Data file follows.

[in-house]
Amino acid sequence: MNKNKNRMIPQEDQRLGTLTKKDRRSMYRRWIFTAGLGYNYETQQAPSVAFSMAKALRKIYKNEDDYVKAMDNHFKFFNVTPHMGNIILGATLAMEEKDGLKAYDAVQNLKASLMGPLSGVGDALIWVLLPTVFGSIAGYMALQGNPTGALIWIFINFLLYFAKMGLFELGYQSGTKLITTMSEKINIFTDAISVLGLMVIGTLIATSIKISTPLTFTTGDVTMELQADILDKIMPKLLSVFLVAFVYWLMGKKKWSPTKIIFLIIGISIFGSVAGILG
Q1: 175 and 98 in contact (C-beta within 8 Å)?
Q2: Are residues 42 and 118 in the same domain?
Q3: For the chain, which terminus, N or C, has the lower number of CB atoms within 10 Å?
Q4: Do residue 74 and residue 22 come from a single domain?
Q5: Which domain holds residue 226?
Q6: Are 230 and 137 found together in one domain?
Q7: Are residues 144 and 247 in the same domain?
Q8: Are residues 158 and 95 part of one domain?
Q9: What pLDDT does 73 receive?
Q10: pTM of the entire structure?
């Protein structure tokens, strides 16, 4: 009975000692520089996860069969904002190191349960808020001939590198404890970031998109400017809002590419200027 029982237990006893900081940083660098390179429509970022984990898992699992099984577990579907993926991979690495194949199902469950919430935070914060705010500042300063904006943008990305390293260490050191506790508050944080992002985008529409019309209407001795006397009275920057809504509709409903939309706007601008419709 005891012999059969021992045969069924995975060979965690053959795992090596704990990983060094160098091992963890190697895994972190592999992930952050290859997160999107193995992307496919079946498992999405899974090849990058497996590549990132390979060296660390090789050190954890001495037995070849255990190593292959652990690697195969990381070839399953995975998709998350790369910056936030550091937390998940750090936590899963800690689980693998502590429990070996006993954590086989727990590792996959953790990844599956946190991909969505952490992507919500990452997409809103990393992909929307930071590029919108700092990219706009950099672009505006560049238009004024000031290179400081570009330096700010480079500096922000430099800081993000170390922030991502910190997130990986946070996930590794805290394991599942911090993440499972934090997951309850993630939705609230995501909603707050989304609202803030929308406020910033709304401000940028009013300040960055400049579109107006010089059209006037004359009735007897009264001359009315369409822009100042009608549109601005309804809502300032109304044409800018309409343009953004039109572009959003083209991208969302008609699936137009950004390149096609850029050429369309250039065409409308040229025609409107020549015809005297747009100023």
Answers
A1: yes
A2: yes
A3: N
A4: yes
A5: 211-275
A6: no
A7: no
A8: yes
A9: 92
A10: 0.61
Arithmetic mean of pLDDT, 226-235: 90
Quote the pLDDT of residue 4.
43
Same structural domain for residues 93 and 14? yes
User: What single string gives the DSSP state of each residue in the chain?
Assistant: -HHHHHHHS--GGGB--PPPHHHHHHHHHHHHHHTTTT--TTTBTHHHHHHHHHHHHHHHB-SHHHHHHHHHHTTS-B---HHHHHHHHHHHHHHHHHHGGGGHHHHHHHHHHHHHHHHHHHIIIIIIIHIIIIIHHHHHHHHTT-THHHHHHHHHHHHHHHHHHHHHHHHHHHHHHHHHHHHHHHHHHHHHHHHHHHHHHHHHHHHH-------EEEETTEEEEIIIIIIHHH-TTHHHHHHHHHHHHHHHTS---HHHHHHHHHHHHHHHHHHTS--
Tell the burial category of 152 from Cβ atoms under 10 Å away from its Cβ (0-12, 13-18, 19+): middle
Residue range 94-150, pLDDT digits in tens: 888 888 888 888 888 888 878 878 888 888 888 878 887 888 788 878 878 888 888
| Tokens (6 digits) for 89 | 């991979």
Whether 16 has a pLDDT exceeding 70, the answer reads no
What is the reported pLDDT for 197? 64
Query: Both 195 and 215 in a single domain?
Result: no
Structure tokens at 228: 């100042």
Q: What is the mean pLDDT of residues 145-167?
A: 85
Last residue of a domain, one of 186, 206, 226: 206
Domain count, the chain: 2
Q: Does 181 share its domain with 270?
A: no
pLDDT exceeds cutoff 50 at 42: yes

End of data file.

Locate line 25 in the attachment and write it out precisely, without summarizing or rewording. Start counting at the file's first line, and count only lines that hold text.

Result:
Arithmetic mean of pLDDT, 226-235: 90